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232          MY    COUNTRY    AND    MY    PEOPLE

good prose, which explains the fact that Chinese prose is
"singable" (see page 219). For anyone who has ears, this
tonal rhythm can be easily sensed in Ruskin's or Walter
Pater's prose. Observe the contrast between words ending
in "liquids" like /, m, n, ng and words ending in "explosives"
like p> t, k in Ruskin's writings, and this total rhythm can be
easily analysed.

In classical T'ang poetry this alternation is quite complex,
as in the following "regular55 scheme ("o" standing for the
soft tones and "" standing for the hard tones). In reading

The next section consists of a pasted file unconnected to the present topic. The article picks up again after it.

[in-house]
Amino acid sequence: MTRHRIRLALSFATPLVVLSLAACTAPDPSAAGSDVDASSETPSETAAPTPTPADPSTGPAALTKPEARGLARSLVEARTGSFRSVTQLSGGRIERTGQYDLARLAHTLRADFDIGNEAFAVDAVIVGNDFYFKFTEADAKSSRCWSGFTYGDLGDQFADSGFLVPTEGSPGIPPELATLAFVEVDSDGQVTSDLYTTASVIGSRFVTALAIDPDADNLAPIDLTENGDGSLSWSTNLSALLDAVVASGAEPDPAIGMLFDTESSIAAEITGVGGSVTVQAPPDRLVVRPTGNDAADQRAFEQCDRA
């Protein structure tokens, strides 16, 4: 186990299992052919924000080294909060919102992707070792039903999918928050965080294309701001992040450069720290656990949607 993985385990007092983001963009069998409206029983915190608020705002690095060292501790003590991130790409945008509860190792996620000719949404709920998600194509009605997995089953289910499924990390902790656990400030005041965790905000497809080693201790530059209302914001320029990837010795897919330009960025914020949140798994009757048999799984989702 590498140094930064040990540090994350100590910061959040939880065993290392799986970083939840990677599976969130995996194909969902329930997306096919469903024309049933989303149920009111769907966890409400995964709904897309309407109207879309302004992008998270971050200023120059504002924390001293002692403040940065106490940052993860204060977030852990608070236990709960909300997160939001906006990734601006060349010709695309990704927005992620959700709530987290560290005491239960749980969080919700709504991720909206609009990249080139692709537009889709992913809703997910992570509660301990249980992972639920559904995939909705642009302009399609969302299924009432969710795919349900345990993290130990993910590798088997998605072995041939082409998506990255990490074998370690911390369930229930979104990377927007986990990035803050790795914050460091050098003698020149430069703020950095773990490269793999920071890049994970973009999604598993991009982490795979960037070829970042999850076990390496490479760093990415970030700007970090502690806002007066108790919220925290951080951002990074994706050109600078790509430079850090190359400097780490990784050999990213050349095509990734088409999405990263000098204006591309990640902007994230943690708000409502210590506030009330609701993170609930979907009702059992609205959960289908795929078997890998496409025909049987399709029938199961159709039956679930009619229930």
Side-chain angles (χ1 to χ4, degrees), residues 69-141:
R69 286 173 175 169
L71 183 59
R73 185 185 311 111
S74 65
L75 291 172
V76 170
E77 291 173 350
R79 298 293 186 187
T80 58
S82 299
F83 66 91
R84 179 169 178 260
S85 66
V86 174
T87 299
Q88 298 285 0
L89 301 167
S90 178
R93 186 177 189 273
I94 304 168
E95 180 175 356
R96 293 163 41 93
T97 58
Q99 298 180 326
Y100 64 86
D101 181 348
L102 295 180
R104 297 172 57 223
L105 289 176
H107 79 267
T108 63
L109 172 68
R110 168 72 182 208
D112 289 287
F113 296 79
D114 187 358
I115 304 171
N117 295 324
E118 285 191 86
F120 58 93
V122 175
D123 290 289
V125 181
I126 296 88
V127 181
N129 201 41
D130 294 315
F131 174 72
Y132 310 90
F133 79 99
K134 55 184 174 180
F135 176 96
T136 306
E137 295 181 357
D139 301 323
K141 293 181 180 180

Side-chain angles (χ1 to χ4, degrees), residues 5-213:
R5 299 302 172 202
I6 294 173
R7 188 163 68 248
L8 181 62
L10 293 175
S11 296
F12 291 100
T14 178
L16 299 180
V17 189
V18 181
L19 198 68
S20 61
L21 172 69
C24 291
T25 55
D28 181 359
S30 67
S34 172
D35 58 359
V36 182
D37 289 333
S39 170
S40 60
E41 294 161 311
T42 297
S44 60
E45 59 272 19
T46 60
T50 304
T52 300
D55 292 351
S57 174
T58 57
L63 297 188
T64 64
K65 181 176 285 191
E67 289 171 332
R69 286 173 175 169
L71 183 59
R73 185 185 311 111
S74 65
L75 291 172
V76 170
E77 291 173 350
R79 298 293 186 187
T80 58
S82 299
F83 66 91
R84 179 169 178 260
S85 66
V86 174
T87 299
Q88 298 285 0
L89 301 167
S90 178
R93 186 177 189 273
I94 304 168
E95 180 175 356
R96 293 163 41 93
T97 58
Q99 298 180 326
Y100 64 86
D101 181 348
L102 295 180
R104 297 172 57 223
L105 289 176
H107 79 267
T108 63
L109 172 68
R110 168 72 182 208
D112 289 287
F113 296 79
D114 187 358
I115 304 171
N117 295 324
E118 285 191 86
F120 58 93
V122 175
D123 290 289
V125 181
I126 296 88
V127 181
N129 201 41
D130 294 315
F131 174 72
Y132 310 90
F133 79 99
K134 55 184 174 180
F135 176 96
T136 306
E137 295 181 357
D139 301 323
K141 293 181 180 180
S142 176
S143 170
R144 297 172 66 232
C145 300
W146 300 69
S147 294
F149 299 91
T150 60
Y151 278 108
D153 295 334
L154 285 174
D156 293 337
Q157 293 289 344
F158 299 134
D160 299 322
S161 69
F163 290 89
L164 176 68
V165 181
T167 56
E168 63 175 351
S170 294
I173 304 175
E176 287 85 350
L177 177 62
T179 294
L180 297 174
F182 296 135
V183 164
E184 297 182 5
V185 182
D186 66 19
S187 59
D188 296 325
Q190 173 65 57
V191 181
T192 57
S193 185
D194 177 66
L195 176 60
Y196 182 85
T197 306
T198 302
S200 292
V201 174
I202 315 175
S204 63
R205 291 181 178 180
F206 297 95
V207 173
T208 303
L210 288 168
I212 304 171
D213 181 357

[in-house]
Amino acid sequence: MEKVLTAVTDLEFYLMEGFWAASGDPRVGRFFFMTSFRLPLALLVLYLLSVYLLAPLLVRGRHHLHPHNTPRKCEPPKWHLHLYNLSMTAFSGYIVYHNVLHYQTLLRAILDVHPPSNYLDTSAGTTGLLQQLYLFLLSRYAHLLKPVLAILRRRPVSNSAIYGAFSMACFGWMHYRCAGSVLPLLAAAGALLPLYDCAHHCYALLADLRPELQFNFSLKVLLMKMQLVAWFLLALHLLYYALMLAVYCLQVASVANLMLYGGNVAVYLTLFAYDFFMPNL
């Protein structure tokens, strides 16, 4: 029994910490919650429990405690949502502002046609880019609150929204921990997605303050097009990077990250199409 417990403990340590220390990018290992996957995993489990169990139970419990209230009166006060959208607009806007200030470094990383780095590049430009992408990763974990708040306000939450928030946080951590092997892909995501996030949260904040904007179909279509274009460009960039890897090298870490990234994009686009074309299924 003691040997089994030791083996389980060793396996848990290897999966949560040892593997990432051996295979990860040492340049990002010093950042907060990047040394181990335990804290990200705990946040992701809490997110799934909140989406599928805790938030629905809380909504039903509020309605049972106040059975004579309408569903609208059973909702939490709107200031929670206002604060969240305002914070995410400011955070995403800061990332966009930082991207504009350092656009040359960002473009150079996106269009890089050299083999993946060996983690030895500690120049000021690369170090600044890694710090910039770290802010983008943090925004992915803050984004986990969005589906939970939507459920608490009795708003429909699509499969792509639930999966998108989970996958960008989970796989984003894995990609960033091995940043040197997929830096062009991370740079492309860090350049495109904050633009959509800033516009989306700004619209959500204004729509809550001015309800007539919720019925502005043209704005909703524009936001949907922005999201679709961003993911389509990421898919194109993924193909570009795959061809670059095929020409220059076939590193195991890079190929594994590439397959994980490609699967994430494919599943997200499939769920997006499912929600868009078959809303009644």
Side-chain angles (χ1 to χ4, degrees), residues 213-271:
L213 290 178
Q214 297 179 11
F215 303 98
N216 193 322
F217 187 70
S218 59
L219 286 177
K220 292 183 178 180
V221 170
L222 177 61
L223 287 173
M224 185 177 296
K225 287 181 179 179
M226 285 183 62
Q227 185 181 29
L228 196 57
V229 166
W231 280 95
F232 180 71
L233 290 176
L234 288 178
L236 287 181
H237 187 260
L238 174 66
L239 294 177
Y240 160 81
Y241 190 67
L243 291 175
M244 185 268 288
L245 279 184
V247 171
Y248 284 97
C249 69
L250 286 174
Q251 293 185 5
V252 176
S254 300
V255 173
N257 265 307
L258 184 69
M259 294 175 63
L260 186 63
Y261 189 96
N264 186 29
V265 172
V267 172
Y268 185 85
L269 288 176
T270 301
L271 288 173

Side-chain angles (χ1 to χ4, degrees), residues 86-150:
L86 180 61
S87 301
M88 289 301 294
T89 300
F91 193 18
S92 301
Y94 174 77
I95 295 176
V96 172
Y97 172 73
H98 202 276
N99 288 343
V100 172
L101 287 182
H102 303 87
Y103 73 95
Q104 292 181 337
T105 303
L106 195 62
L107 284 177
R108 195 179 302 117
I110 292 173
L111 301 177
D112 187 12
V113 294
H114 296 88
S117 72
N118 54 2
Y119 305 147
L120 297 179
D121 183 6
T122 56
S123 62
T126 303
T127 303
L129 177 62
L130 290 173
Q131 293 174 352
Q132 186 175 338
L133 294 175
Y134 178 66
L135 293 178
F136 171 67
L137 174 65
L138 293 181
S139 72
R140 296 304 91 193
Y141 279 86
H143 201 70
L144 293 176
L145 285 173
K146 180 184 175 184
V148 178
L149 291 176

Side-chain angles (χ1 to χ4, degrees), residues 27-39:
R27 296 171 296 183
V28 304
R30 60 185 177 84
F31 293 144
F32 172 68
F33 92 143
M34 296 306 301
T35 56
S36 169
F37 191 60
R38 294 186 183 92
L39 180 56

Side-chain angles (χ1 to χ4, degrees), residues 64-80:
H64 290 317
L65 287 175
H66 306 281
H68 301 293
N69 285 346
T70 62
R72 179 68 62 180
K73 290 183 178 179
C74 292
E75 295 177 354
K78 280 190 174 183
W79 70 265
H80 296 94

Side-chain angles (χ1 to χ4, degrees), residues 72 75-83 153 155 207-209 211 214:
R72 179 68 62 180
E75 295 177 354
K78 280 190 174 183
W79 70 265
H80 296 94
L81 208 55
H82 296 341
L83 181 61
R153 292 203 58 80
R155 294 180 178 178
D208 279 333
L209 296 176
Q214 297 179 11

the following, say "sing" for "o" and "say" for "", to feel the
contrasting effect, giving the says a final, more or less abrupt
tone:

f  i.   o O    O o   (rhyme)
\  2.     o O   o    (rhyme)

| 3.     o o o  

{4.   o o    o o    (rhyme)

f 5.   o o   o o 

\ 6.   o  o o   o   (rhyme)

(7.     O o o  

(8.   o o   * o o   (rhyme)

After the fourth syllable in each line there is a hiatus. Each
two lines form a couplet by themselves, and the middle two
couplets must be real couplets, i.e., all the words in each line
must be balanced against corresponding words in the other line,
both in tone and meaning. The easiest way to understand this
sense of alternation is to imagine two interlocutors speaking to
one another, each speaking a line. Take the first four and the
last three syllables of each line as two individual units, and
substitute for them two English words, and the result is a
pattern as outlined below.

(A)  ah, yes?

(B)  but, no?